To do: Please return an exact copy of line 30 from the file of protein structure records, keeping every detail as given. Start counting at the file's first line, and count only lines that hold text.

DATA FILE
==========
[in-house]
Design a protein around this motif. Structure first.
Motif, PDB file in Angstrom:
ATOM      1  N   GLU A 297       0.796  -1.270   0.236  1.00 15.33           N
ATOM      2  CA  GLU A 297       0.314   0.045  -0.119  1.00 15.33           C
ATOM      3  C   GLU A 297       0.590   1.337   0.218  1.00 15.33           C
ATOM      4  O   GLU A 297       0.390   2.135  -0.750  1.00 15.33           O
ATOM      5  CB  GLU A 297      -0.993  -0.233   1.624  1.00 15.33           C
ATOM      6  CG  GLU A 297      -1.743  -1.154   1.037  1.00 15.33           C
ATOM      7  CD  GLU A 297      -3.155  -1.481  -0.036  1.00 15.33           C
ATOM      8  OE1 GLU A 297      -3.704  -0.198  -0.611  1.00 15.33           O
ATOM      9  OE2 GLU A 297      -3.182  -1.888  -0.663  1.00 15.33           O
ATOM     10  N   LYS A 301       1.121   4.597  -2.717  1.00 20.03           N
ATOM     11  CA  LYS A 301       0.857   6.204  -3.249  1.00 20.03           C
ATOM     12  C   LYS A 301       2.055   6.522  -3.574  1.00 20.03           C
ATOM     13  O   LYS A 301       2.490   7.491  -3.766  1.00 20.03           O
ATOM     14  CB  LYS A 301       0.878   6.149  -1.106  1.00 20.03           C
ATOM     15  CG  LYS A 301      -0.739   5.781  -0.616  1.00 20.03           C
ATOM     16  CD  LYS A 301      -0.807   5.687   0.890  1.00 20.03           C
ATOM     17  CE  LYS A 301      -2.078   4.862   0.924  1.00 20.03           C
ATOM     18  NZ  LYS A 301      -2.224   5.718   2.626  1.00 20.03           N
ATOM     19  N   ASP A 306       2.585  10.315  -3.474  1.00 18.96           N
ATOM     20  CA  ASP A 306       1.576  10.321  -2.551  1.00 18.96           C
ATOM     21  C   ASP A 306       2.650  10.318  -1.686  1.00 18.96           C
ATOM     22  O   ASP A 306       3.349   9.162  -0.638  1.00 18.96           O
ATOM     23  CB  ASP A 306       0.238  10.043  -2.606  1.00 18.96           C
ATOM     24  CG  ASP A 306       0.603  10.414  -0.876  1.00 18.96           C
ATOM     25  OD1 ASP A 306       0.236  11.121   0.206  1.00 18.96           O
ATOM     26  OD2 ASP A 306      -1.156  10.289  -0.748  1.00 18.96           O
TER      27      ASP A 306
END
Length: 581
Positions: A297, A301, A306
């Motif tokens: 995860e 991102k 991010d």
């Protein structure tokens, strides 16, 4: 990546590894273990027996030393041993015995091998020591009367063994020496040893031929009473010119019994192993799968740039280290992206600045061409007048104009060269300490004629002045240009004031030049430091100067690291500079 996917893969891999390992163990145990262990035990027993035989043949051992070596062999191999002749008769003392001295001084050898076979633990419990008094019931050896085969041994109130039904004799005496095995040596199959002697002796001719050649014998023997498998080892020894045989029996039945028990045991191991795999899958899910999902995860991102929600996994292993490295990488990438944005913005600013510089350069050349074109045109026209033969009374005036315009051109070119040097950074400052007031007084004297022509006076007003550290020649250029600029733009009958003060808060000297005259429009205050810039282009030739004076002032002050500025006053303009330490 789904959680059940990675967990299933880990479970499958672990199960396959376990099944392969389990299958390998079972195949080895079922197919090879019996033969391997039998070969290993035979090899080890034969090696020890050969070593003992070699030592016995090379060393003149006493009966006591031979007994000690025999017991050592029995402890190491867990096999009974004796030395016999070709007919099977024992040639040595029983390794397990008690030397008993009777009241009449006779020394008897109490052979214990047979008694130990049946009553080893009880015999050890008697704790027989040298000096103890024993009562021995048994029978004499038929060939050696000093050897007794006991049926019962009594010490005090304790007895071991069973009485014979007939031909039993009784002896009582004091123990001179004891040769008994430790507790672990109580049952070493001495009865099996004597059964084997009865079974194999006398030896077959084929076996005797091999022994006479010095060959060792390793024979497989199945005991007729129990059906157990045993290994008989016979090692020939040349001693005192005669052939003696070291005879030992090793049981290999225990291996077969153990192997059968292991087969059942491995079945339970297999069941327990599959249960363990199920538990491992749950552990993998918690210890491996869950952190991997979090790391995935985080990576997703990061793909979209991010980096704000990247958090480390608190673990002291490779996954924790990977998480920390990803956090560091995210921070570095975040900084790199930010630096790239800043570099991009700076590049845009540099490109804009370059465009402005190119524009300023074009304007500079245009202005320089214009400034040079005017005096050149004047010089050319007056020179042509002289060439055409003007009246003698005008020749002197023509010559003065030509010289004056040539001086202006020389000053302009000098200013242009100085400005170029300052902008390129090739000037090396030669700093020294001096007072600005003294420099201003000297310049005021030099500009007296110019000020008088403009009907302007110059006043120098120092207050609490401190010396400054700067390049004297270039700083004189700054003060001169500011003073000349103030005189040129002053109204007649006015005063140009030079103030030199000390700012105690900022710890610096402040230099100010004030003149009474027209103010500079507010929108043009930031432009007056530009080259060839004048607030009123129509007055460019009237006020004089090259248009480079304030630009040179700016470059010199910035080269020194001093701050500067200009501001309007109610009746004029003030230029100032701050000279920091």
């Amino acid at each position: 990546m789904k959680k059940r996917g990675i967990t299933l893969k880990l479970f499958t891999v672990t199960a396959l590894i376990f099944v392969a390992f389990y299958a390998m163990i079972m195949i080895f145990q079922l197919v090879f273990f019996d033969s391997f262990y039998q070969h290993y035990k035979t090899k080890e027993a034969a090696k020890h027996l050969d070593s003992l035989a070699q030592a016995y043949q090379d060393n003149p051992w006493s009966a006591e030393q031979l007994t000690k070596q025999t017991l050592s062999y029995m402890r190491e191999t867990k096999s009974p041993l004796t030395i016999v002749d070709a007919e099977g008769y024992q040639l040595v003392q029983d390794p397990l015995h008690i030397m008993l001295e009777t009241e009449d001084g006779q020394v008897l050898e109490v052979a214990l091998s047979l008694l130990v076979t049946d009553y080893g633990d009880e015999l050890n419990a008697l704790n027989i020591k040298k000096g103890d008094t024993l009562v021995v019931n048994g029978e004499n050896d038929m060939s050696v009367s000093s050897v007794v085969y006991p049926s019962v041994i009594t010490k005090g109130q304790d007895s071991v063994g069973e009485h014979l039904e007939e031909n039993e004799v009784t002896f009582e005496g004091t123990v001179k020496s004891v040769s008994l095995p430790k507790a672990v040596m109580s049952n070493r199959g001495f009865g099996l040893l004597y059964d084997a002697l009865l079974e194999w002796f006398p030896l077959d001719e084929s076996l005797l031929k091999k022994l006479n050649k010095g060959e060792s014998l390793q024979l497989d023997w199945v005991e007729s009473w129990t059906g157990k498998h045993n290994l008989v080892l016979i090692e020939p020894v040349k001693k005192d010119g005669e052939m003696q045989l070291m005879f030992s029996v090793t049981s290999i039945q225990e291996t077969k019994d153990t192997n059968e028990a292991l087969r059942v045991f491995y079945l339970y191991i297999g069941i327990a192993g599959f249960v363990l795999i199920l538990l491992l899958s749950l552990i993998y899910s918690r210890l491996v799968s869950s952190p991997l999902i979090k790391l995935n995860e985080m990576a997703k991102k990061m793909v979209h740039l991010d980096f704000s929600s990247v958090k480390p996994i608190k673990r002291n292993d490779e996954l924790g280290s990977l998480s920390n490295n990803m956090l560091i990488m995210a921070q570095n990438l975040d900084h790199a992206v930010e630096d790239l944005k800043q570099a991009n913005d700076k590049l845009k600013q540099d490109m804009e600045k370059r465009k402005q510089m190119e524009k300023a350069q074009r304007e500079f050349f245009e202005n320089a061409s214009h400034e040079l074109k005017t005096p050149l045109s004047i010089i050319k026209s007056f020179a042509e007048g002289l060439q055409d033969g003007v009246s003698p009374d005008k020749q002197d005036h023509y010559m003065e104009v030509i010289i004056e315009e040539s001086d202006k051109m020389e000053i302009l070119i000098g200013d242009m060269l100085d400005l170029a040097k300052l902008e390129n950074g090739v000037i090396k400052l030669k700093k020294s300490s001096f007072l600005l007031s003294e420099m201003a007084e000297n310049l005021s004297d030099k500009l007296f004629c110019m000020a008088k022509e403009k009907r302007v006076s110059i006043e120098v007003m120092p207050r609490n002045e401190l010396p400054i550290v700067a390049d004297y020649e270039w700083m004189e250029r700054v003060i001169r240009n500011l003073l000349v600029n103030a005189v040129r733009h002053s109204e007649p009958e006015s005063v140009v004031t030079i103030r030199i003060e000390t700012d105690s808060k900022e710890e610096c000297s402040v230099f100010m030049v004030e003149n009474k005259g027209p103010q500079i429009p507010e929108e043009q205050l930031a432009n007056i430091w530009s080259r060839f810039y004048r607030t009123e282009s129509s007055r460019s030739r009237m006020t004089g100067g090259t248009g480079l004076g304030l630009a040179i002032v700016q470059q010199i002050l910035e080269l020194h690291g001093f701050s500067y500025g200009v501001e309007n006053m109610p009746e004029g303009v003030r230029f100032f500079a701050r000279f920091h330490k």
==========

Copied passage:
TER      27      ASP A 306